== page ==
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Sage (Salvia officinalis) is one of the most widely used medicinal plants. One of its varieties, called red sage also has many health benefits and is widely used in herbal medicine, but when and how to prune it ?
Red sage (Salvia splendens) or scarlet sage is a fairly bushy plant, grown annually since it does not support frost from 0 ° C. This Brazilian plant by its aesthetic and practical aspects is more and more successful in the gardens of individuals, but also in the landscapes of everyday life.
Beautiful plants are formed, from May to October, with tubular flowers with two lips, presented in clusters or spikes. Its bright red color is flamboyant and will brighten up your exterior for sure.
Once planted, red sage has the advantage of not requiring any special watering since this plant is perfectly adapted to drought.
Most semi-woody plants, including red sage, should be pruned preferably in summer after flowering, from April and no later than August. Pruning measures can be perfectly combined with harvesting.
Stronger pruning measures are possible in early spring, for example, to rejuvenate the bush. Frost-free periods between late February and late March are ideal for pruning heavily wooded sage bushes and encouraging fresh young shoots.
Pruning sage is an important maintenance activity, without which the half-shrub will age quickly. The ends of the shoots shade the inside of the bush, leaving this area almost completely bare.
Only the outer tips remain green and become shorter. An increasingly voluminous bush grows, which is hardly attractive and does not give yield. Annual pruning measures are essential. Sage is pruned in the summer after flowering.
This pruning can be combined with the second harvest in the summer. The first harvest takes place in June, just before the sage blooms. This is when the aroma and content of active substances of the plant are the highest. Only the ends of the shoots are cut with scissors, or they can be broken, with a little training. Nevertheless, green branches can still be harvested and dried after flowering.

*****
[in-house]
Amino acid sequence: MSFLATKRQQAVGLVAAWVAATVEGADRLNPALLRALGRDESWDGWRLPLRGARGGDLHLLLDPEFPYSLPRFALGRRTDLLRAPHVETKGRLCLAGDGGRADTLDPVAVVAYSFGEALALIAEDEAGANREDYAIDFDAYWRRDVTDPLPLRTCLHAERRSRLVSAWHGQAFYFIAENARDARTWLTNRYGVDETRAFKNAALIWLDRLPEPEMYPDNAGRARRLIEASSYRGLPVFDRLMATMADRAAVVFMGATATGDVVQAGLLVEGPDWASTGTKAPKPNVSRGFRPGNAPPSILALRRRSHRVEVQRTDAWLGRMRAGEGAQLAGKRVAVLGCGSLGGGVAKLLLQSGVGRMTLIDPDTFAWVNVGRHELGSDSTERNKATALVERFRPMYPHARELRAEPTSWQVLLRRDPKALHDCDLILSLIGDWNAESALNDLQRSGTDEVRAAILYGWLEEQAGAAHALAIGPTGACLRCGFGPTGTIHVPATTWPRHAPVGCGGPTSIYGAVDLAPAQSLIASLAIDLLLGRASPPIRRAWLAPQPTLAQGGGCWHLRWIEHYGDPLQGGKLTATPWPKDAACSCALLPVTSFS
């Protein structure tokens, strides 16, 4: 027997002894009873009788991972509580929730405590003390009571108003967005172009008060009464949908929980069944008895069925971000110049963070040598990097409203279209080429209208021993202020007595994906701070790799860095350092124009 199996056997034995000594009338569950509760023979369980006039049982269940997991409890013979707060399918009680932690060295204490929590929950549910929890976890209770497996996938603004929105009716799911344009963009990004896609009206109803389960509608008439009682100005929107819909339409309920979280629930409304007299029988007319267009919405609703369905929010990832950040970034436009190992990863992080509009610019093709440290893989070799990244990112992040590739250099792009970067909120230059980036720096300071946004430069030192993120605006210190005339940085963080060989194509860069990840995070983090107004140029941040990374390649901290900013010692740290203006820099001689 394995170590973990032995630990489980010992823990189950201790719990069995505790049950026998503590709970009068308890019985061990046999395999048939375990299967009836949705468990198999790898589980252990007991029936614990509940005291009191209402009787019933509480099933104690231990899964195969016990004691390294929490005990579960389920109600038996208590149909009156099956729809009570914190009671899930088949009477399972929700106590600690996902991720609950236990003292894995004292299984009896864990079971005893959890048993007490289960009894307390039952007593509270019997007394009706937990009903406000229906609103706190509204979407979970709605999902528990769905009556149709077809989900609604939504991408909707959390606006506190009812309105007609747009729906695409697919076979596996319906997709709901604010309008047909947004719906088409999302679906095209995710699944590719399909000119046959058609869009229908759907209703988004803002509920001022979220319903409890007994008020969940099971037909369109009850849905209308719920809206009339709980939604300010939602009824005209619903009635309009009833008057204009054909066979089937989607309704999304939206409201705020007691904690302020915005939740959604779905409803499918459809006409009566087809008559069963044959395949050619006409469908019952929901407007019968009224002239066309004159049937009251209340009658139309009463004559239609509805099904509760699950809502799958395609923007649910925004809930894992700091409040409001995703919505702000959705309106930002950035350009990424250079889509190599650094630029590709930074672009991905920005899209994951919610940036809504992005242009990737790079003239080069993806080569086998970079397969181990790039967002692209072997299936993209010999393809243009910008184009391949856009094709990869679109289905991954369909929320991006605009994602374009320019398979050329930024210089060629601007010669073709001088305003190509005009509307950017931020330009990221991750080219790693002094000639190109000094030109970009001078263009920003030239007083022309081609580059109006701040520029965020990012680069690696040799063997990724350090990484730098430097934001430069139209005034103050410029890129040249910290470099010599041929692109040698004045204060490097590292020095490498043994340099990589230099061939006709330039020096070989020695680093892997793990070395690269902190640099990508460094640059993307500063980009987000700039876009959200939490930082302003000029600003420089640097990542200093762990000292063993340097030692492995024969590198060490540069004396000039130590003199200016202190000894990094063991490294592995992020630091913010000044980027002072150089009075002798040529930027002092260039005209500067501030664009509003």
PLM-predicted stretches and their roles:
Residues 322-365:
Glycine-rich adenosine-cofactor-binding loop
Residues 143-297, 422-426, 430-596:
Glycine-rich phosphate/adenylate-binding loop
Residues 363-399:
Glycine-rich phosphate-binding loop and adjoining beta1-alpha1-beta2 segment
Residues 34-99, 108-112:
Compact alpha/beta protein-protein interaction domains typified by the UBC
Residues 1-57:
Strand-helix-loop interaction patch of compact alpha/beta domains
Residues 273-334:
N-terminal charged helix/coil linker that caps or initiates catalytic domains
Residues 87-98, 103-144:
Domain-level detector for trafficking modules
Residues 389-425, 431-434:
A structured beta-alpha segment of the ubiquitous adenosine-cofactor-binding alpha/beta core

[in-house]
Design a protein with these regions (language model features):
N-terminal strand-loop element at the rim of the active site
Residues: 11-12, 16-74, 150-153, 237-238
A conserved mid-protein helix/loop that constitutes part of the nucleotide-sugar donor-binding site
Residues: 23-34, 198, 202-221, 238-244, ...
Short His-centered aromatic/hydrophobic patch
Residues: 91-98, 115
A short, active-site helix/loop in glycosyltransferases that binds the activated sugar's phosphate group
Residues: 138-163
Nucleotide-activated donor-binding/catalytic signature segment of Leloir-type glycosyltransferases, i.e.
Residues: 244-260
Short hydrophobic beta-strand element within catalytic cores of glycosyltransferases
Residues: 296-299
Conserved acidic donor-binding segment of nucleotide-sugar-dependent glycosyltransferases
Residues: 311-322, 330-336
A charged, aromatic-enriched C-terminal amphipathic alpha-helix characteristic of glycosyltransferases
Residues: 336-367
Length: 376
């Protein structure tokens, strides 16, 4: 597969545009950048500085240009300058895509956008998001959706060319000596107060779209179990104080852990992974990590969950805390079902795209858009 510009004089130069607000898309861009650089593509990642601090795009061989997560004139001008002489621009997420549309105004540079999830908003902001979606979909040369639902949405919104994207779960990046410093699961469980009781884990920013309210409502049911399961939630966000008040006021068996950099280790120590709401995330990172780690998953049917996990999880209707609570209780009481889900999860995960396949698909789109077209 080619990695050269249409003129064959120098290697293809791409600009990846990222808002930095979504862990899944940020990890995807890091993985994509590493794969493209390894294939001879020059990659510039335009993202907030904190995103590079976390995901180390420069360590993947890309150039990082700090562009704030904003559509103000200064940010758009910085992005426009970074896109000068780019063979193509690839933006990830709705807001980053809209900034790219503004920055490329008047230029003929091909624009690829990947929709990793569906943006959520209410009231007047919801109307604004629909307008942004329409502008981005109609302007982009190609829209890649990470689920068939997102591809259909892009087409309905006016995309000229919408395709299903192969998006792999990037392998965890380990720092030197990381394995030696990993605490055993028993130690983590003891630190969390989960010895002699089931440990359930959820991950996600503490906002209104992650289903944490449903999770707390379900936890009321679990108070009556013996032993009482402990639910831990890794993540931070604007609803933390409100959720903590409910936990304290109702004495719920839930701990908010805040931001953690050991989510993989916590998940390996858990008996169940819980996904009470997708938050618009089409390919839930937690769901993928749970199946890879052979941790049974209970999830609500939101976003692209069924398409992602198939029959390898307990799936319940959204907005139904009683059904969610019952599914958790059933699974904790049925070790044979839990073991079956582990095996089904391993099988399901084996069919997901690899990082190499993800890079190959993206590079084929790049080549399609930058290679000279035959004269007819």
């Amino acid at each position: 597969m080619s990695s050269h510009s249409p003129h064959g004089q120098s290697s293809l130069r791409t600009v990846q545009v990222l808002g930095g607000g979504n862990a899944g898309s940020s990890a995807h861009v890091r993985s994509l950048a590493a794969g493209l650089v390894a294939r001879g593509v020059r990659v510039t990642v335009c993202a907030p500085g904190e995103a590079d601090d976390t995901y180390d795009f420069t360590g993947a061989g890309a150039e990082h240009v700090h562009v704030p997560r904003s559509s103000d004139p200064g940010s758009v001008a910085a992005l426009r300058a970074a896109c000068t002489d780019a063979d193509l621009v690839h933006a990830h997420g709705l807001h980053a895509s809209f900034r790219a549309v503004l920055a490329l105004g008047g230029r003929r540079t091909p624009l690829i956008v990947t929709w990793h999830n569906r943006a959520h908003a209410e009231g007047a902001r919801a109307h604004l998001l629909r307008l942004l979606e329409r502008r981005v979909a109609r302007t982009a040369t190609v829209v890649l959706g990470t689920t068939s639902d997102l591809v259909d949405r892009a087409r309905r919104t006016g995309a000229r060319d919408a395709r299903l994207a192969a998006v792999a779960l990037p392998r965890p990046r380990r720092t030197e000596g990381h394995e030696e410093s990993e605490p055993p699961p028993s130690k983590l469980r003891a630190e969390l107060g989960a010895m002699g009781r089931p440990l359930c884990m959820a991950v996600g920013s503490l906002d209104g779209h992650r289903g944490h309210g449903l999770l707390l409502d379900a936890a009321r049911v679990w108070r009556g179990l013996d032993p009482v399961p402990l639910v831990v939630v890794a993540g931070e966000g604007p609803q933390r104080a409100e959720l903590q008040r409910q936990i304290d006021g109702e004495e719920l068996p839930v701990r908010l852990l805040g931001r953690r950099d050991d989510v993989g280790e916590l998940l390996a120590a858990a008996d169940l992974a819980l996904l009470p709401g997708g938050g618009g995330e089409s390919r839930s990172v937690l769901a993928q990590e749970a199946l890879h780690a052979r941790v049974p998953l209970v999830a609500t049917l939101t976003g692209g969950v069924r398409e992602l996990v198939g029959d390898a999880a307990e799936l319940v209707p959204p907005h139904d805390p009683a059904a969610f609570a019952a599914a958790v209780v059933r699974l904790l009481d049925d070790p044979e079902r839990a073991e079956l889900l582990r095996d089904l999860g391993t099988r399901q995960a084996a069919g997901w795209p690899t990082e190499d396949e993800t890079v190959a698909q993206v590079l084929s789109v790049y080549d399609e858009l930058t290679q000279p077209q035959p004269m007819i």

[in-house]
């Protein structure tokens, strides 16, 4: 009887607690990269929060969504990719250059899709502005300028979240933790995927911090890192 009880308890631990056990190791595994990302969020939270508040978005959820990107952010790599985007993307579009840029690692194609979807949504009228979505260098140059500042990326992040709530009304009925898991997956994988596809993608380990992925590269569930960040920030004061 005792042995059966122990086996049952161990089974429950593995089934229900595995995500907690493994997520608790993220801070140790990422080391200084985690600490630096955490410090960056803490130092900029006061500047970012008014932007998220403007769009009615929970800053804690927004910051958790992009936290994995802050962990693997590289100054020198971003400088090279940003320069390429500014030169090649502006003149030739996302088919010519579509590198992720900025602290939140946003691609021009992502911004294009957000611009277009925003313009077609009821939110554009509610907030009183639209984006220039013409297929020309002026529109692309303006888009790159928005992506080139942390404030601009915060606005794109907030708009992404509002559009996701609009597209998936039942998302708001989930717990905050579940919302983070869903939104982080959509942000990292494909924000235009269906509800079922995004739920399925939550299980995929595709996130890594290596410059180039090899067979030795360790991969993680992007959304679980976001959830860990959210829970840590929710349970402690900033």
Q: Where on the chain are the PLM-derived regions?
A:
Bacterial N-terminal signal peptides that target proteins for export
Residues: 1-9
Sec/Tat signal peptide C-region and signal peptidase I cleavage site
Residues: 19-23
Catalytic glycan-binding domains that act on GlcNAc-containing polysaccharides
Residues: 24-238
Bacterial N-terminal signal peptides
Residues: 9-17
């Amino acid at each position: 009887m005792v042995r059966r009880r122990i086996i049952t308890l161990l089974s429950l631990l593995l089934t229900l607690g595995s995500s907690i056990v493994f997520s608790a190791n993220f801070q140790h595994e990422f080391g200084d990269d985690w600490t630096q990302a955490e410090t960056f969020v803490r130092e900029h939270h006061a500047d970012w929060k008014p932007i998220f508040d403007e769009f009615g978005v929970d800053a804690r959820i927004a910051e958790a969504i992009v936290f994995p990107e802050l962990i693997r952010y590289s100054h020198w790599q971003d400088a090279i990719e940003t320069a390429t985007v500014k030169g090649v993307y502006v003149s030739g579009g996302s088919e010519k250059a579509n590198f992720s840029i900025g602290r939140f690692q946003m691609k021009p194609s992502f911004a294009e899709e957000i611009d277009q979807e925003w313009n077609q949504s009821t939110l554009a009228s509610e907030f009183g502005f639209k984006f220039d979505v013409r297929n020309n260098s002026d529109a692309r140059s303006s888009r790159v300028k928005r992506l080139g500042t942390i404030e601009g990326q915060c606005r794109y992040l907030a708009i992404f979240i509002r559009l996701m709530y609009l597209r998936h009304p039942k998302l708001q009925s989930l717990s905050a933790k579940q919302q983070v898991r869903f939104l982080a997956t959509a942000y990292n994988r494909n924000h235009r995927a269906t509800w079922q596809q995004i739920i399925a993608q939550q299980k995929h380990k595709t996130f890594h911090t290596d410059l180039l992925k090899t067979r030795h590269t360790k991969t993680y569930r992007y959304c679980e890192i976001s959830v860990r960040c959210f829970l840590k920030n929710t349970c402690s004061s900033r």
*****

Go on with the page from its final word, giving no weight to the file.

We cut until the transition with the old wood. The shoot buds below are clearly recognizable.
Older sage bushes are pruned more prominently. This pruning takes place in early spring, between the end of February and the end of March. In this case, you should try to prune as close to the ground as possible. Look for the buds of the shoots at the base of the old wood and prune the shoot on top.
In principle, there is almost nothing left of the bush. The ends of the remaining shoots will quickly develop into new branches, so that the sage bush is in good shape again in early summer and can be harvested.
The different species of garden sage (Salvia officinalis) differ only in the percentage of active substances, the color of the leaves or the color of the flowers. Colorful species like red sage are of course less vigorous, but benefit from the same size measurements as their green-leaved counterparts. The size should be moderate, but annual. They are struggling to recover from a radical size. If you prune them more than necessary and cut them too deep, these sage plants may not survive.
Most sage, especially red sage, is used as a seasoning in cooking. To do this, they must be dried: hang a rosette of sage leaves until they are completely dry. Make sure that no mold has appeared. Dried leaves have a more pronounced taste than fresh leaves, which you can also use in various dishes.
Tastes differ but the general opinion is that sage has a very aromatic taste with a little bitterness. It is also said that sage has a predominant flavor and that a good cook will need very little to make the most delicious dishes.
Other Mediterranean herbs develop growth characteristics similar to sage, for example, rosemary, thyme or lavender. The common character of a woody shoot makes it necessary to regularly prune plants. Otherwise, the sage bushes become bare at the inner end of the shoots, and only the ends of the green shoots remain. Annual pruning maintains the vitality of the plant, ensures good growth and a bountiful harvest in the summer.